I believe I was the object of a doctor with an extreme fat prejudice. IMO anorexics might be happy with him but I think the man was fanatical.

posted on Oct, 23 2009 @ 04:18 PM
The human body is an amazing thing - and it has a mind of it's own, it seems. Dieting without exercise is terrible for you, in my opinion. The reason I believe this is because our bodies have been programmed for food shortages/famine. If you strictly diet, your body will "think" that there is a famine, and save caleries whenever it gets any extra - in the form of fat. So, once you stop dieting, or "slip", it is stored in case of need.

LOL, enough of my rant - back on topic, I agree with the OP. I go to a pain management dr., and he readily admits that he gets frustrated when he has patients who are overweight. More weight causes more stress on the body, and contribute to pain. I'm fairly thin, so I get complimented by my doctors for taking "care of myself", etc.

posted on Oct, 23 2009 @ 04:30 PM
All of my life I had been fit and slim. Then suddenly, just before I turned forty, I began gaining weight rapidly. In three months I had put on 80 pounds. My eating habits had not changed and I rode a bicycle 18 miles a day (round trip) five days a week to work out on base. When I went to the doctor to find out why, I was told to put my fork down and get a little exercise. Six months later I discovered that I had stage 4 breast cancer.

I went from 120-130 to over 200 pounds in three months. Since my cancer treatment, I have been unable to get below 170. I have dieted and exercised, but to no avail. I am in my fifties and stay around 185 now. Since my accident, I can no longer exercise. Is this my fault? I don't eat a lot of junk food and never fast food. I don't drink soda or sugary drinks very often.

Don't judge another person by your own standards. You may be able to keep a normal weight due to factors you are unaware of.

posted on Oct, 23 2009 @ 04:37 PM
I know cars are not the same as human life but.....

If my neighbor comes over and I help him get his car running and notice the previous abuse, I am more likely not to worry as much about doing it correct, because I know he is just going to drive it again until it quits!
He is not going to change his oil, rotate his tires, or change his plugs!
Its easy to see this kind of personality, not just in obesity, but in all aspects of life and materials...including the persons own body......

posted on Oct, 23 2009 @ 04:40 PM

Originally posted by stumason
reply to post by gnosis111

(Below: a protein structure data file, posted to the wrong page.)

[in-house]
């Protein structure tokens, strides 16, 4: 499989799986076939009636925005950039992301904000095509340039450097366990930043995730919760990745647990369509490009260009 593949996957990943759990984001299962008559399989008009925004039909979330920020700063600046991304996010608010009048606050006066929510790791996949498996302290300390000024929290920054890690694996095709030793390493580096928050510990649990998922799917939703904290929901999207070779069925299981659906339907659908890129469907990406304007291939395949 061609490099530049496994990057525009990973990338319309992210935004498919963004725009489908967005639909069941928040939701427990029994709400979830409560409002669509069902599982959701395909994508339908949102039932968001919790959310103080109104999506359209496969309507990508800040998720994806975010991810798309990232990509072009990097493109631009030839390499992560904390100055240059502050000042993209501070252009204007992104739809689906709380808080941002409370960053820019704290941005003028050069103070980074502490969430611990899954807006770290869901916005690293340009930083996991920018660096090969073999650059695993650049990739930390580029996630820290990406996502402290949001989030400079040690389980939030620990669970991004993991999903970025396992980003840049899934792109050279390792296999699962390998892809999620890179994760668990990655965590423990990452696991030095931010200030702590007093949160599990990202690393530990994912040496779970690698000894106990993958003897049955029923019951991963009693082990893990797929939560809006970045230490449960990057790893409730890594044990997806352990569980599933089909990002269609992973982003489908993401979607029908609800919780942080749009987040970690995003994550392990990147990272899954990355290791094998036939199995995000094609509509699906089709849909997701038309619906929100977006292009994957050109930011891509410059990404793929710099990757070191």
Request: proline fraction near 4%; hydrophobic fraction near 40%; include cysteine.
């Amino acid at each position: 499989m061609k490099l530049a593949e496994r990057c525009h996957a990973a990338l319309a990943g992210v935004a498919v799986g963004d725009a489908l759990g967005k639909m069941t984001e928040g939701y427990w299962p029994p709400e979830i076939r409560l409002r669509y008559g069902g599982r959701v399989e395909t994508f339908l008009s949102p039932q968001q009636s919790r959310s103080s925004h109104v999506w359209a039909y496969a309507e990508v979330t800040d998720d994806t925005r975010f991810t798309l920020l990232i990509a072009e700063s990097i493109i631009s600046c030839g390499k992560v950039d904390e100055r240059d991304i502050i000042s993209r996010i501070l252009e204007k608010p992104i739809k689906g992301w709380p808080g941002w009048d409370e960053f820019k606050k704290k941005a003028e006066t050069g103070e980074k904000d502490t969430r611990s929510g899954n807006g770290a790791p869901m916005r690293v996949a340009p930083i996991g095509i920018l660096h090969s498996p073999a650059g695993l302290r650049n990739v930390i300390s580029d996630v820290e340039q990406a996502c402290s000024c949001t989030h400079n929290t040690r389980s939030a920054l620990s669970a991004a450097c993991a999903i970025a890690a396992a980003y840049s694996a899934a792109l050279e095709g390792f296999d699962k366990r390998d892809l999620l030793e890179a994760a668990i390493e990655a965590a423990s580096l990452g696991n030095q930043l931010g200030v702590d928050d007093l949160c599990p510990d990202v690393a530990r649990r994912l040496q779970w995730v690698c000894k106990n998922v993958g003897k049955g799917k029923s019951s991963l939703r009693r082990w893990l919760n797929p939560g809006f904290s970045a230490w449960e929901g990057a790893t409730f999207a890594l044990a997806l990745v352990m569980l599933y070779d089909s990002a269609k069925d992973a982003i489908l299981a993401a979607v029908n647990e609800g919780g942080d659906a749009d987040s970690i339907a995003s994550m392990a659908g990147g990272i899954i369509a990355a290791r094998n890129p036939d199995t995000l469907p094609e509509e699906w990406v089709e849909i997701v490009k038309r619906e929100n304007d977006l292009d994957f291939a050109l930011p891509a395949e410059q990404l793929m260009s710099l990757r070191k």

Agreed. There is no reason whatsoever, aside from over-eating, that a person should be obese. Don't give me all that "glandular" crap, your fat because you eat too much and don't exercise. Don't expect your doctor to sugar coat it either.

I think this is an over-simplification. It's not just diet that affects obesity in otherwise normal healthy people, but also metabolism level, and exercise. the last two are related in that one can raise one's metabolism level by exercising. So it's a matter not just of diet, but if diet, exercise, lifestyle, attitude and mental condition.

And I agree with the smoking analogy. Smokers choose to engage in behavior that unfairly requires a disproportionately large share of our limited health care resources, on a statistical basis. The same could be said about obese patients. Most of them have options to exercise and control what they eat, just like a smoker has an ability to stop smoking. There may be a relatively small number of cases where a glandular disorder makes obesity harder to avoid, and if I were a physician, I would be more sympathetic to this subset of obese patients than obese patients in general who didn't have glandular problems.

While physicians may have less respect for obese people and I don't necessarily find that inappropriate, obese people should receive the same level of care if all else is equal. There's a thread on ATS about the aftermath of Katrina where the hospital lost power and some obese patients understandably received inferior care as some of them were too heavy to carry when they needed to be moved, so under extreme circumstances even well intentioned care providers may not provide equal care to obese people.

posted on Oct, 23 2009 @ 05:15 PM
reply to post by darkelf

Keep your carbohydrate grams around 100 or lower per day and I guarantee you will lose weight. Complex carbs will make you fat faster than sugar and they are much harder to burn off. Get your hormone levels checked there can be an imbalance and this can lead to weight gain. Eat more fats (animal and nuts, not vegetable oils), fat improves brain function and helps communication between cells.

When your body doesn't have carbohydrate to burn you WILL burn fat.

There are exercises available to ALL physical conditions. You don't have to kill yourself in a gym to get sufficient exercise. Check out this website for help too.

Hope this helps and sorry about your misfortune, but like I said there are things you can do.